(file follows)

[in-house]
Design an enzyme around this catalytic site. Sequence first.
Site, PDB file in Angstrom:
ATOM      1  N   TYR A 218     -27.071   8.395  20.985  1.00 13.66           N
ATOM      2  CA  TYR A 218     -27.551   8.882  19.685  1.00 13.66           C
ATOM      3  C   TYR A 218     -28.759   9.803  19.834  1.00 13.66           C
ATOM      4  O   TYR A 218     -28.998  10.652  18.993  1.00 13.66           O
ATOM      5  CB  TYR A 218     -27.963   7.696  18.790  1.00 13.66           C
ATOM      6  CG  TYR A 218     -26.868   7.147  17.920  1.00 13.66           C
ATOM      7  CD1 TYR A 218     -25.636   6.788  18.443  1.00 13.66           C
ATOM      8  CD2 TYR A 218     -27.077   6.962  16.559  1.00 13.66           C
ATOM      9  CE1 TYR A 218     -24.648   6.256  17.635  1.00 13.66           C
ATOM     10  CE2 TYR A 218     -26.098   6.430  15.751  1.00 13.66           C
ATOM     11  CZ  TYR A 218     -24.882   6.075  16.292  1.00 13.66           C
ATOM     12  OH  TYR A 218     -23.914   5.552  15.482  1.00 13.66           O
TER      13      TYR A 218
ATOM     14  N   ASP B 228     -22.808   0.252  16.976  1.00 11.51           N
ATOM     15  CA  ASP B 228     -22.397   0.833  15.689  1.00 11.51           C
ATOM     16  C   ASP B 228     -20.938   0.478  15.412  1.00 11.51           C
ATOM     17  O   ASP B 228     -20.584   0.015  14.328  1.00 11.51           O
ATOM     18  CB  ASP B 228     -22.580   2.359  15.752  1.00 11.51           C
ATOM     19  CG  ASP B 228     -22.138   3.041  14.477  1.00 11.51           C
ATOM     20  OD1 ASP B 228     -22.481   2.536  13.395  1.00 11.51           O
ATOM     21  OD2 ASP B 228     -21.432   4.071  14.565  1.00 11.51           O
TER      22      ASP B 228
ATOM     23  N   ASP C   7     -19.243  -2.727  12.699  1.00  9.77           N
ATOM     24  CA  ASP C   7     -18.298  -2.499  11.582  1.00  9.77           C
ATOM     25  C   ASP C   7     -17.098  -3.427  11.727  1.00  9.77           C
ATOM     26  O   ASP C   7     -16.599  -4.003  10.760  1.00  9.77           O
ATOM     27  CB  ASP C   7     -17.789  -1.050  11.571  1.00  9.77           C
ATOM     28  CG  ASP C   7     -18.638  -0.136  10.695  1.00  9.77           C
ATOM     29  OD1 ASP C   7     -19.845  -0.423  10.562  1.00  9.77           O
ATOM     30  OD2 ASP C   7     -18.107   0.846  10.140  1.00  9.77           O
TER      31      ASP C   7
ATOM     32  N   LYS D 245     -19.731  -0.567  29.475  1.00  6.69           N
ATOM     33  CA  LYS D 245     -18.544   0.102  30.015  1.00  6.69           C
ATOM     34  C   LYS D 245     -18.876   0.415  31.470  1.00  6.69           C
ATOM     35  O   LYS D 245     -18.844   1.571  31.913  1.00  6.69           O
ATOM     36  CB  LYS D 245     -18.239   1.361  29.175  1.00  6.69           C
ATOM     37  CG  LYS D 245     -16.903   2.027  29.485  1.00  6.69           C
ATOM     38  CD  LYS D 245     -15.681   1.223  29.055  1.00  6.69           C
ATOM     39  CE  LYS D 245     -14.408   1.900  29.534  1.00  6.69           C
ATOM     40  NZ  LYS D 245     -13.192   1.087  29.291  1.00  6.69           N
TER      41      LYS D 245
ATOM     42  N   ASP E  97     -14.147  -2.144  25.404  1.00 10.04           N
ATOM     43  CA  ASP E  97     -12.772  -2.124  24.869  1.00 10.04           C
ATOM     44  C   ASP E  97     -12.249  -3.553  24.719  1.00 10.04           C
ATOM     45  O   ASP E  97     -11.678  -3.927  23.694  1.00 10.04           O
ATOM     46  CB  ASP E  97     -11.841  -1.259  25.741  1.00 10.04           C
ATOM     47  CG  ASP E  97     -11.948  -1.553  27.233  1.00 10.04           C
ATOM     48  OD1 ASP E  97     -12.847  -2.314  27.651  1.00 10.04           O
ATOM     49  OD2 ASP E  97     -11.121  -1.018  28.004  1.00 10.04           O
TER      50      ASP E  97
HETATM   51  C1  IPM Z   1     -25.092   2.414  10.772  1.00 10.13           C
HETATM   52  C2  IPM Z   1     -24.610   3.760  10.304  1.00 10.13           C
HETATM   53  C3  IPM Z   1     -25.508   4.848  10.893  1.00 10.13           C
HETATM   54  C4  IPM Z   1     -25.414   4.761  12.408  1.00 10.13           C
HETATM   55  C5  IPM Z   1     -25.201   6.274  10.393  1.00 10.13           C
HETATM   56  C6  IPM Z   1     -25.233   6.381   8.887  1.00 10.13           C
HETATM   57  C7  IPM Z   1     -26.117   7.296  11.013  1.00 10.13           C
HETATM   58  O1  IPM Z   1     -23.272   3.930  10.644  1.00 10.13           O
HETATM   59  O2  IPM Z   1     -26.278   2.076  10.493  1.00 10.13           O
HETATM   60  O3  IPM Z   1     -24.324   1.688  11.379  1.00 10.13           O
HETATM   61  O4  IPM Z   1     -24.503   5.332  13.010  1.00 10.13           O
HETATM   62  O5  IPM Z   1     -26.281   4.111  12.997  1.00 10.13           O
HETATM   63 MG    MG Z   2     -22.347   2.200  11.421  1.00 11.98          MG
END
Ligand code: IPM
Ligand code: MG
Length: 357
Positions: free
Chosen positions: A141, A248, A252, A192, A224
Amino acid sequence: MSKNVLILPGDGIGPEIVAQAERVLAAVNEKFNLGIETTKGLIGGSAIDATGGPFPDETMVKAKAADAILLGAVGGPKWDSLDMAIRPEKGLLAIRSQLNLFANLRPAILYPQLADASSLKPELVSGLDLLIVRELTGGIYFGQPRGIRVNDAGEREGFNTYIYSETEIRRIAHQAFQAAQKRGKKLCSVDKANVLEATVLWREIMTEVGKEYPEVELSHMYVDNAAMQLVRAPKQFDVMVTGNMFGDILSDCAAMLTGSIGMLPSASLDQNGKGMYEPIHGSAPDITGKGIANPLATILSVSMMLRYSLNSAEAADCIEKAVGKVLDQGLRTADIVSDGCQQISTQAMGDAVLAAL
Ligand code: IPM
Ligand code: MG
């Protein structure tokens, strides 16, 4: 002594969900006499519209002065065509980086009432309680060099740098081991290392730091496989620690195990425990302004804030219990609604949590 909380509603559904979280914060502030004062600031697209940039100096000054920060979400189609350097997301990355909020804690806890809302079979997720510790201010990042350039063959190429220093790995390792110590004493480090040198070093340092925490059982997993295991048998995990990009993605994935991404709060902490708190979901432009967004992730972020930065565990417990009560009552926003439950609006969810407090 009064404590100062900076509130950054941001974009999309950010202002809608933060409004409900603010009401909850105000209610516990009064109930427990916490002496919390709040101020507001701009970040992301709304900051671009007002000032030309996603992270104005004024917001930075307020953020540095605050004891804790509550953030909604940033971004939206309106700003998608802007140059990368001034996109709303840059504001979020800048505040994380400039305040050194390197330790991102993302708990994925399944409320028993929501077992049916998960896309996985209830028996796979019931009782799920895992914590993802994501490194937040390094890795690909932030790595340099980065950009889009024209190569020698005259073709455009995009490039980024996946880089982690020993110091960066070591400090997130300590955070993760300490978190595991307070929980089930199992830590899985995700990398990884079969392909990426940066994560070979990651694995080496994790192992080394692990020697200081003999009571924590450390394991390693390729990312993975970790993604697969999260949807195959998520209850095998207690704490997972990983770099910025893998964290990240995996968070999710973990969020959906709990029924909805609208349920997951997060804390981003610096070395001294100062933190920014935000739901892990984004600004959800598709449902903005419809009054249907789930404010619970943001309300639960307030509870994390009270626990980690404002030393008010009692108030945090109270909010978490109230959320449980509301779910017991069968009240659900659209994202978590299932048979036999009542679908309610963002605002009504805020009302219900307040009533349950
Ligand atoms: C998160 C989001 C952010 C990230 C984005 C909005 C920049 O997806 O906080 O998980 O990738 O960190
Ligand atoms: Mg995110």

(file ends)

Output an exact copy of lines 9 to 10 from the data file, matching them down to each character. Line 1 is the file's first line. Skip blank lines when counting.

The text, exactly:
ATOM      6  CG  TYR A 218     -26.868   7.147  17.920  1.00 13.66           C
ATOM      7  CD1 TYR A 218     -25.636   6.788  18.443  1.00 13.66           C